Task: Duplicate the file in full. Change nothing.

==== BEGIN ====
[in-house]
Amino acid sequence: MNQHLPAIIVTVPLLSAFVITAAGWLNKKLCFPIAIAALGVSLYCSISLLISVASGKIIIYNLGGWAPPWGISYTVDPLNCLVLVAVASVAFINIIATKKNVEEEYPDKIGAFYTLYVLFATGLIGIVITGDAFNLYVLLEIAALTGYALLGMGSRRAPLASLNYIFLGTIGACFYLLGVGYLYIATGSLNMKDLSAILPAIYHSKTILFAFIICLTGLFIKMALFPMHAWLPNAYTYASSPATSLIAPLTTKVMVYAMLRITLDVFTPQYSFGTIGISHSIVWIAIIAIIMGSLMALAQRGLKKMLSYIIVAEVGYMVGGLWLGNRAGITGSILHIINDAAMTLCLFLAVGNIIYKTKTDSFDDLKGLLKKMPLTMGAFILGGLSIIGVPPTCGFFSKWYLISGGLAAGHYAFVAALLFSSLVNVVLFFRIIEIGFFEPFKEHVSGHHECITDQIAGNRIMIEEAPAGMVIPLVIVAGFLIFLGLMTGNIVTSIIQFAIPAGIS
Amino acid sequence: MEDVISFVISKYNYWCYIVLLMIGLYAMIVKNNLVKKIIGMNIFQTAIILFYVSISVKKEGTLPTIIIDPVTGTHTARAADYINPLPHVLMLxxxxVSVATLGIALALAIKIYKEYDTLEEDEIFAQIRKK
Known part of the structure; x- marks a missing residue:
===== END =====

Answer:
[in-house]
Amino acid sequence: MNQHLPAIIVTVPLLSAFVITAAGWLNKKLCFPIAIAALGVSLYCSISLLISVASGKIIIYNLGGWAPPWGISYTVDPLNCLVLVAVASVAFINIIATKKNVEEEYPDKIGAFYTLYVLFATGLIGIVITGDAFNLYVLLEIAALTGYALLGMGSRRAPLASLNYIFLGTIGACFYLLGVGYLYIATGSLNMKDLSAILPAIYHSKTILFAFIICLTGLFIKMALFPMHAWLPNAYTYASSPATSLIAPLTTKVMVYAMLRITLDVFTPQYSFGTIGISHSIVWIAIIAIIMGSLMALAQRGLKKMLSYIIVAEVGYMVGGLWLGNRAGITGSILHIINDAAMTLCLFLAVGNIIYKTKTDSFDDLKGLLKKMPLTMGAFILGGLSIIGVPPTCGFFSKWYLISGGLAAGHYAFVAALLFSSLVNVVLFFRIIEIGFFEPFKEHVSGHHECITDQIAGNRIMIEEAPAGMVIPLVIVAGFLIFLGLMTGNIVTSIIQFAIPAGIS
Amino acid sequence: MEDVISFVISKYNYWCYIVLLMIGLYAMIVKNNLVKKIIGMNIFQTAIILFYVSISVKKEGTLPTIIIDPVTGTHTARAADYINPLPHVLMLxxxxVSVATLGIALALAIKIYKEYDTLEEDEIFAQIRKK
Known part of the structure; x- marks a missing residue: